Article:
We left Skopje for Serbia. We crossed over from the Macedonian border to Serbia border. Both the borders were alongside each other and after putting the exit stamp by the Macedonian border control officer, passed on the passports to the Serbian border control officer. After checking our Schengen visa and car documents, they let us cross the border. We were so happy to be out of the border control within no time when we were expecting a lot of hassles and waiting time at the border.
We then drove to a nearby city of Presevo in the Preševo Valley at the southernmost town of Serbia, bordering Macedonia to the south, and Kosovo to the west. It is consisting mainly of Albanians.
We drove through the city, stopped by a nearby restaurant and had some Bureks and coffee.
Burek is a kind of baked pastry made of thin flaky dough filled with meat, caramelised onion, bell pepper, cheese fillings. But we had one with cheese and
The town looked very quite and deserted, but people including kids passing by looked at our car and were amazed. After spending about an hour in Presevo, we came back to the border again and crossed over from the same border controls and then were off to Thessaloniki in Greece. We added one more country to the list of countries visited.
We reached Thessaloniki around 5.00 pm. After checking into Mandrino Hotel, which was very close to the city centre, we walked to the sea front. On the way, we visited several churches.
Thessaloniki, the second-largest city in Greece has a population of approx 800,764, renowned for its festivals, events and vibrant cultural life in general. The city was founded in 315 BC by Cassander of Macedon, and was the second largest and wealthiest city of the Byzantine Empire. It was conquered by the Ottomans in 1430, and passed from the Ottoman Empire to modern Greece on 8 November 1912.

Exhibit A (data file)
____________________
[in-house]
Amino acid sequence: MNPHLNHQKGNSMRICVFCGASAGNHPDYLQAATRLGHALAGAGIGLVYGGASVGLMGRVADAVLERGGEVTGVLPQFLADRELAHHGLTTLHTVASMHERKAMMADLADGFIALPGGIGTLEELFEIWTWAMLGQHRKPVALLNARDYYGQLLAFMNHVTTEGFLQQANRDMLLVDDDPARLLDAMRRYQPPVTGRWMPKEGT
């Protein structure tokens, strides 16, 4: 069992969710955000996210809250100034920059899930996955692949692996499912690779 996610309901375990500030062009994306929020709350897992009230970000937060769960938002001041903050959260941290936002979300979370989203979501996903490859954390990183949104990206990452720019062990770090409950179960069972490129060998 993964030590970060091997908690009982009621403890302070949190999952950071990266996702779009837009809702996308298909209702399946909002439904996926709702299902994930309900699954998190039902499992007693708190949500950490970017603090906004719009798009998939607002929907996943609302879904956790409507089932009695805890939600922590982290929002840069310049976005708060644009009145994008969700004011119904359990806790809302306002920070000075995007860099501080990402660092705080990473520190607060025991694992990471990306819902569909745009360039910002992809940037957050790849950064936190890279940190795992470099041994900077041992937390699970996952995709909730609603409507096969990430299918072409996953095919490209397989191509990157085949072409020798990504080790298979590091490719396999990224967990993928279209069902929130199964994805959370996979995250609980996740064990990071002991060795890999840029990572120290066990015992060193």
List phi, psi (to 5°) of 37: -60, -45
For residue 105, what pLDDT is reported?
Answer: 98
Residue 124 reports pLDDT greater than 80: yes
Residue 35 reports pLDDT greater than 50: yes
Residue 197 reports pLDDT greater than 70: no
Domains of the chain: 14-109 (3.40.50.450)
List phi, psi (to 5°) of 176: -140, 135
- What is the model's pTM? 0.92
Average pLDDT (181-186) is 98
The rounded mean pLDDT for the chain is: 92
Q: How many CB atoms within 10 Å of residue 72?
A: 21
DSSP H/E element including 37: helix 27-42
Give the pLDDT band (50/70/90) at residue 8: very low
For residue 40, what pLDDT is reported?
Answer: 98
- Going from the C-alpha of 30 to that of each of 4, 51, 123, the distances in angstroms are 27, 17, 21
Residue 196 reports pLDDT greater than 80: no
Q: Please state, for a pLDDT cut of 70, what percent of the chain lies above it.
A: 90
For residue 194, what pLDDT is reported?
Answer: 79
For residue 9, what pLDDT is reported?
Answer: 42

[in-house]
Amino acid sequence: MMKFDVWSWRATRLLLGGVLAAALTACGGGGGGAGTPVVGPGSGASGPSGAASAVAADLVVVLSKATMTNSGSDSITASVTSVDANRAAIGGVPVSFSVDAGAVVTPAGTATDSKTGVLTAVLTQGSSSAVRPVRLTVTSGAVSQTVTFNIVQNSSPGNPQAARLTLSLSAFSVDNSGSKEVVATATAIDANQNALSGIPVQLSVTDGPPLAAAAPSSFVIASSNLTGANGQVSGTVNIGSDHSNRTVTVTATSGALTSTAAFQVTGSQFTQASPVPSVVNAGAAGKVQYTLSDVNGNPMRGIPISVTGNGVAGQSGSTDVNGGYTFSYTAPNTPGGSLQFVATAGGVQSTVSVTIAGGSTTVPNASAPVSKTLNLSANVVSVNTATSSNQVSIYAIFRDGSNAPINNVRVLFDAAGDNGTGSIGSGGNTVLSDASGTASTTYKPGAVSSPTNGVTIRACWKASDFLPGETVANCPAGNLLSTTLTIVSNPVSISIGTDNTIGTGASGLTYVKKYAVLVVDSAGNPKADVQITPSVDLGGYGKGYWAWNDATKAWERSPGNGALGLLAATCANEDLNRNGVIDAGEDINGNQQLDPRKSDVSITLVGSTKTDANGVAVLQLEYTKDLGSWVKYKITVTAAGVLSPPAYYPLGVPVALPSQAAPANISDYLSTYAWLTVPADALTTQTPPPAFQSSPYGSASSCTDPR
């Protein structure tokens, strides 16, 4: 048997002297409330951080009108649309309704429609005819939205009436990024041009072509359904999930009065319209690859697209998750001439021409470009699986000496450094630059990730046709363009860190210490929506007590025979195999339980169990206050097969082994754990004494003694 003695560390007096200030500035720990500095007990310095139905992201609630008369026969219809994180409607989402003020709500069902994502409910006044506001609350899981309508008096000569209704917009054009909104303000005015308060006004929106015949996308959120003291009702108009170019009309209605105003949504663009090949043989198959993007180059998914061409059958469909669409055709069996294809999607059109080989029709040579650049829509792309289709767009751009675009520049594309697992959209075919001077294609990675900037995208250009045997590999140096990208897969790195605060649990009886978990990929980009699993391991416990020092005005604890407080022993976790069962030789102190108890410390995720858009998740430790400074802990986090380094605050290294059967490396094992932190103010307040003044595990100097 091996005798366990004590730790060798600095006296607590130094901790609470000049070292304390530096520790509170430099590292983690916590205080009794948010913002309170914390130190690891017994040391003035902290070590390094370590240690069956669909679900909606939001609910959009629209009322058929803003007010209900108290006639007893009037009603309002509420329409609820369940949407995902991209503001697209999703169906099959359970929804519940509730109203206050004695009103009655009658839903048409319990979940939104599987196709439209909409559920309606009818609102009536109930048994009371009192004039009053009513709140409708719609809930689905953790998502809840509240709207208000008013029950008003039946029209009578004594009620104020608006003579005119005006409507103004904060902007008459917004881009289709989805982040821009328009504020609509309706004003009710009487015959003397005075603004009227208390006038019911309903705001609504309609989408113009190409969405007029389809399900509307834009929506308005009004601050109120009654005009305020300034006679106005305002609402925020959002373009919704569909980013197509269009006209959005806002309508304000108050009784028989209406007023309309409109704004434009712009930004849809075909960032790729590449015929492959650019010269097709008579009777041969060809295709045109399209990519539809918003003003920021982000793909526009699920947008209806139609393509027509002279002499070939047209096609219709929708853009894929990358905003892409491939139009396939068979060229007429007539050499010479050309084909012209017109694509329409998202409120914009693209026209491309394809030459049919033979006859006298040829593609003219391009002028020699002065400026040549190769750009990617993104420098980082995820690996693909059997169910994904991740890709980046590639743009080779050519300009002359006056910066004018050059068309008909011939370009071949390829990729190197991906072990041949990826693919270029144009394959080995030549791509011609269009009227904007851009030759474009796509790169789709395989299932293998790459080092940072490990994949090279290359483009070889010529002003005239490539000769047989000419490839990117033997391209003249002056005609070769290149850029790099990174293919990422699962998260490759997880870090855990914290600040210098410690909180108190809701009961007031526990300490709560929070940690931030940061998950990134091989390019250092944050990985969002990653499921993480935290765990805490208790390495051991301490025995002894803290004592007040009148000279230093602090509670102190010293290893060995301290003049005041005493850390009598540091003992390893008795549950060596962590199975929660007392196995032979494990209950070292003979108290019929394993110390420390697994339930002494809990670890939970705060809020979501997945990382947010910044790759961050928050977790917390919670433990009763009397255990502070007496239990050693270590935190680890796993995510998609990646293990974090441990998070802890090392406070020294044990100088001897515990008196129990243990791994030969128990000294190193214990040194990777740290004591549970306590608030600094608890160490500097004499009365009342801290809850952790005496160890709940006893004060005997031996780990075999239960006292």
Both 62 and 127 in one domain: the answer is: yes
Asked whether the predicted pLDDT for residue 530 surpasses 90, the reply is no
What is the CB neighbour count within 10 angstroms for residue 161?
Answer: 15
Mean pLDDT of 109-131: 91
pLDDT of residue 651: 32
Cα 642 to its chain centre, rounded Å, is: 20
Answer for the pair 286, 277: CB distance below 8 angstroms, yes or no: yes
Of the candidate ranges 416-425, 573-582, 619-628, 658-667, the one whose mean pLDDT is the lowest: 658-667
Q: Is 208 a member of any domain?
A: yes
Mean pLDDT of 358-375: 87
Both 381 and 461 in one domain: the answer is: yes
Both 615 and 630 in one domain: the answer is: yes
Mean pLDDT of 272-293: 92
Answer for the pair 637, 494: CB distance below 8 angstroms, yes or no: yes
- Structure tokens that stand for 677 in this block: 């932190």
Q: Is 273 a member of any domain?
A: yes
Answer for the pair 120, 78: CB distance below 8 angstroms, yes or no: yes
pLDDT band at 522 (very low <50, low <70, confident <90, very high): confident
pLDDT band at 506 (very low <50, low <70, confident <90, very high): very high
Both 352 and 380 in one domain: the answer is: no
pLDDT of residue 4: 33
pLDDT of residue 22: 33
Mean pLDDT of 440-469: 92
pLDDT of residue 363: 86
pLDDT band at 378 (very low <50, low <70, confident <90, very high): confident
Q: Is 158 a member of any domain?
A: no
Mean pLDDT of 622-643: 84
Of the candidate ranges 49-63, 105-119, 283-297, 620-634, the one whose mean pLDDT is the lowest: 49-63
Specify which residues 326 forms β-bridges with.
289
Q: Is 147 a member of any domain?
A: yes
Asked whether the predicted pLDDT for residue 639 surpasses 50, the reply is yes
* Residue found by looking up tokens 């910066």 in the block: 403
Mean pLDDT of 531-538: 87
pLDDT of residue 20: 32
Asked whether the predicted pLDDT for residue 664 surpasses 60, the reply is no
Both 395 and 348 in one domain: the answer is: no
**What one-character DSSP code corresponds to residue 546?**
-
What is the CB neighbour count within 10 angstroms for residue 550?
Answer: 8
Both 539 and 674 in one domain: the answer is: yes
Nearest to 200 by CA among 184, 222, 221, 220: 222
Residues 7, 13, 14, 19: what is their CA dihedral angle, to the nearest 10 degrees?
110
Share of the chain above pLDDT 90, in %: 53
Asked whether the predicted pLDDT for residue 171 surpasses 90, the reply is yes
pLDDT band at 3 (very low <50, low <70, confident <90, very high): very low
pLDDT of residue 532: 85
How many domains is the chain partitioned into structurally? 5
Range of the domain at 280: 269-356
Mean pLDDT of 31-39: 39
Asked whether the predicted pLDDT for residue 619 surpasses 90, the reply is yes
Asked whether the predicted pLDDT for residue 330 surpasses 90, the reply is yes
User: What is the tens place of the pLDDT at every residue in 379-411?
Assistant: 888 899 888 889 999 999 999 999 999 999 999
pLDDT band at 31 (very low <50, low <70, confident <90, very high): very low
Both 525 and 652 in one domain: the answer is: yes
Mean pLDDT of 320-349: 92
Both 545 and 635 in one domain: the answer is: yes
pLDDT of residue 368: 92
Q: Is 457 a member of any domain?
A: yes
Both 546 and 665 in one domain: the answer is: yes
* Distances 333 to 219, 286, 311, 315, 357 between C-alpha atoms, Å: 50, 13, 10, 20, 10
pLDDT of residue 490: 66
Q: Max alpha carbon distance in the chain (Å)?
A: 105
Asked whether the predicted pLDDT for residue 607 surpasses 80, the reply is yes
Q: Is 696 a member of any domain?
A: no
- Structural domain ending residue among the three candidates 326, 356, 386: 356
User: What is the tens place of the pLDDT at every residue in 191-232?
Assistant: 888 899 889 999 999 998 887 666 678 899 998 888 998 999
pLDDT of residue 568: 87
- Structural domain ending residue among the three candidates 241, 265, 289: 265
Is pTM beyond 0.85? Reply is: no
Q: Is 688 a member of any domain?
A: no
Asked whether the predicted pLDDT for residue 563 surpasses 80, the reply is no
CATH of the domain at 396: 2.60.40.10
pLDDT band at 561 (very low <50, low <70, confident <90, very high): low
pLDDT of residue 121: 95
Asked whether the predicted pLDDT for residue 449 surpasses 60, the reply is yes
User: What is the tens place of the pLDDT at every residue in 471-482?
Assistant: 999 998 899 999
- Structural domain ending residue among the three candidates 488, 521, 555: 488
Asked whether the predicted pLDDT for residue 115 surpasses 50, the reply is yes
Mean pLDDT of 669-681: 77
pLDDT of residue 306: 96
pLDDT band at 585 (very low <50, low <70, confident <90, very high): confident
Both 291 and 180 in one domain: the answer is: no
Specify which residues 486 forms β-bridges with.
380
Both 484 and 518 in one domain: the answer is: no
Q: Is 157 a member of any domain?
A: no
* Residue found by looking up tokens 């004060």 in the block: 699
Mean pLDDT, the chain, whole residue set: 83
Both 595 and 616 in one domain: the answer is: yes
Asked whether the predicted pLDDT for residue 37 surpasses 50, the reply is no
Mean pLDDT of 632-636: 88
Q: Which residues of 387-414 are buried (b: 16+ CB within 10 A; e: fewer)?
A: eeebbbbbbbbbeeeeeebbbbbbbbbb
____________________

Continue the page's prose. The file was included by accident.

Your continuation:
The White Tower of Thessaloniki a monument and museum on the waterfront of the city of Thessaloniki. The tower had became a notorious prison and scene of mass executions during the period of Ottoman rule. The White Tower was substantially remodeled and its exterior was whitewashed after Greece gained control of the city in 1912. It has been adopted as the symbol of the city.
The Rotunda of Galerius known as the Greek Orthodox Church of Agios Georgios, The cylindrical structure was built in 306 AD on the orders of the tetrarch Galerius, The Rotunda withstood Thessaloniki’s earthquakes. Initially it was a Mausoleum of Roman Emperor Galerius, later a Christian church, and then a mosque. It is now the Church of the Rotunda and a UNESCO World Heritage Site.
The Rotunda is the oldest of Thessaloniki’s churches and the most important surviving example of a church from the early Christian period of the Greek-speaking part of the Roman Empire.
Saints Cyril and Methodius Church – Saints Cyril and Methodius were two brothers Byzantine Christian theologians and Christian missionaries. Through their work they influenced the cultural development of all Slavs, for which they received the title “Apostles to the Slavs”. Both brothers are venerated in the Orthodox Church as saints with the title of “equal-to-apostles”
The Hagia Sophia one of the oldest churches still standing today. Since the 3rd century, there was a church in the location of the current Hagia Sophia. In the 8th century, the present structure was erected, based on the Hagia Sophia in Constantinople (present-day Istanbul, Turkey). In 1205, when the Fourth Crusade captured the city, the Hagia Sophia was converted into the cathedral of Thessaloniki, which it remained after the city was returned to the Byzantine Empire in 1246. After the capture of Thessaloniki by the Ottoman Sultan Murad II on 29 March 1430, the church was converted into a mosque. It was reconverted to a church upon the liberation of Thessaloniki in 1912.
The Concert Hall located by the seaside of Thessaloniki in a plot of eighteen acres designed by the architect Arata Isozaki, with special attention given to elements as metal and glass.
Thessaloniki Port – one of the largest Greek seaports and one of the largest ports in the Aegean Sea basin. As a free port, it also functions as a major gateway for the Balkan hinterland and southeastern Europe. It also contains the second largest container port in Greece, after the Port of Piraeus, besides having the largest passenger terminals in the Aegean Sea basin. The passenger terminal handled around 162,731 passengers in 2007, and has recently been upgraded, as Thessaloniki is also slowly turning into a major tourist port for cruising in the eastern Mediterranean.
We then walked to one of the kebab restaurants and had kebabs for dinner before we went back to our hotel room.
Thus, we ended our day in Thessaloniki, Greece.